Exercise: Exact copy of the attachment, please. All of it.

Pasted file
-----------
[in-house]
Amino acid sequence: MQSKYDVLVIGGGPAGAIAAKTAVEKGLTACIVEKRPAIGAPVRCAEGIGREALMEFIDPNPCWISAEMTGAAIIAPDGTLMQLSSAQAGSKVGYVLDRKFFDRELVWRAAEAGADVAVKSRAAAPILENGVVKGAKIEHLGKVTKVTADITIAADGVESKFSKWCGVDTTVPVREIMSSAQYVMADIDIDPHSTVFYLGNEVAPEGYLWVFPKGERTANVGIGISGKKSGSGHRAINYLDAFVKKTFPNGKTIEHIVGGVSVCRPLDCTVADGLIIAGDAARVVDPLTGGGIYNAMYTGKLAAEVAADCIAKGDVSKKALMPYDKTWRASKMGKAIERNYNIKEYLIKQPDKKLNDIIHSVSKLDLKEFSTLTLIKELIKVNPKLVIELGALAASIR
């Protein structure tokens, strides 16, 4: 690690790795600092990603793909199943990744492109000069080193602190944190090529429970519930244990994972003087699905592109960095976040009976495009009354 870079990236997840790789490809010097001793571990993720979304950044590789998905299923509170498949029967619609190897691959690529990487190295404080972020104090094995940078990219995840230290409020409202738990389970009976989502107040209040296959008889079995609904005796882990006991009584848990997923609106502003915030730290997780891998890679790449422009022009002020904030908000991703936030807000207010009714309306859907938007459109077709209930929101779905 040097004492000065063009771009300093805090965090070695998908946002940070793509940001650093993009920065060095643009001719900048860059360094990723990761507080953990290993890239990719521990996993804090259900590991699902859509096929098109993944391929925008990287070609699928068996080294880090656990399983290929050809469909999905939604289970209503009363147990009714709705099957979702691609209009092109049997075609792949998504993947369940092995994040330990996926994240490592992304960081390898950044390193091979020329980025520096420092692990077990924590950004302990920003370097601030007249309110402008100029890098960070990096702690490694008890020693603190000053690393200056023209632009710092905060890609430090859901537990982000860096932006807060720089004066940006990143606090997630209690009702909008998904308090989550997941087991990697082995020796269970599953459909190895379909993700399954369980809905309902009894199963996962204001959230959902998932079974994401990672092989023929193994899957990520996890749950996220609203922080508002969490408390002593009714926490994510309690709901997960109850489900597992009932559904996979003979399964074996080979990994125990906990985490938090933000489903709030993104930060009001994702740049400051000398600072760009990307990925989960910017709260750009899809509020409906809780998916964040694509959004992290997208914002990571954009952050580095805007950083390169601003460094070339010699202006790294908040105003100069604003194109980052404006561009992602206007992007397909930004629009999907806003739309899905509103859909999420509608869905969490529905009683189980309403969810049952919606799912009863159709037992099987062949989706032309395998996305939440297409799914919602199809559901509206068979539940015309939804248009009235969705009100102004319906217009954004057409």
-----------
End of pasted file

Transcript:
[in-house]
Amino acid sequence: MQSKYDVLVIGGGPAGAIAAKTAVEKGLTACIVEKRPAIGAPVRCAEGIGREALMEFIDPNPCWISAEMTGAAIIAPDGTLMQLSSAQAGSKVGYVLDRKFFDRELVWRAAEAGADVAVKSRAAAPILENGVVKGAKIEHLGKVTKVTADITIAADGVESKFSKWCGVDTTVPVREIMSSAQYVMADIDIDPHSTVFYLGNEVAPEGYLWVFPKGERTANVGIGISGKKSGSGHRAINYLDAFVKKTFPNGKTIEHIVGGVSVCRPLDCTVADGLIIAGDAARVVDPLTGGGIYNAMYTGKLAAEVAADCIAKGDVSKKALMPYDKTWRASKMGKAIERNYNIKEYLIKQPDKKLNDIIHSVSKLDLKEFSTLTLIKELIKVNPKLVIELGALAASIR
């Protein structure tokens, strides 16, 4: 690690790795600092990603793909199943990744492109000069080193602190944190090529429970519930244990994972003087699905592109960095976040009976495009009354 870079990236997840790789490809010097001793571990993720979304950044590789998905299923509170498949029967619609190897691959690529990487190295404080972020104090094995940078990219995840230290409020409202738990389970009976989502107040209040296959008889079995609904005796882990006991009584848990997923609106502003915030730290997780891998890679790449422009022009002020904030908000991703936030807000207010009714309306859907938007459109077709209930929101779905 040097004492000065063009771009300093805090965090070695998908946002940070793509940001650093993009920065060095643009001719900048860059360094990723990761507080953990290993890239990719521990996993804090259900590991699902859509096929098109993944391929925008990287070609699928068996080294880090656990399983290929050809469909999905939604289970209503009363147990009714709705099957979702691609209009092109049997075609792949998504993947369940092995994040330990996926994240490592992304960081390898950044390193091979020329980025520096420092692990077990924590950004302990920003370097601030007249309110402008100029890098960070990096702690490694008890020693603190000053690393200056023209632009710092905060890609430090859901537990982000860096932006807060720089004066940006990143606090997630209690009702909008998904308090989550997941087991990697082995020796269970599953459909190895379909993700399954369980809905309902009894199963996962204001959230959902998932079974994401990672092989023929193994899957990520996890749950996220609203922080508002969490408390002593009714926490994510309690709901997960109850489900597992009932559904996979003979399964074996080979990994125990906990985490938090933000489903709030993104930060009001994702740049400051000398600072760009990307990925989960910017709260750009899809509020409906809780998916964040694509959004992290997208914002990571954009952050580095805007950083390169601003460094070339010699202006790294908040105003100069604003194109980052404006561009992602206007992007397909930004629009999907806003739309899905509103859909999420509608869905969490529905009683189980309403969810049952919606799912009863159709037992099987062949989706032309395998996305939440297409799914919602199809559901509206068979539940015309939804248009009235969705009100102004319906217009954004057409």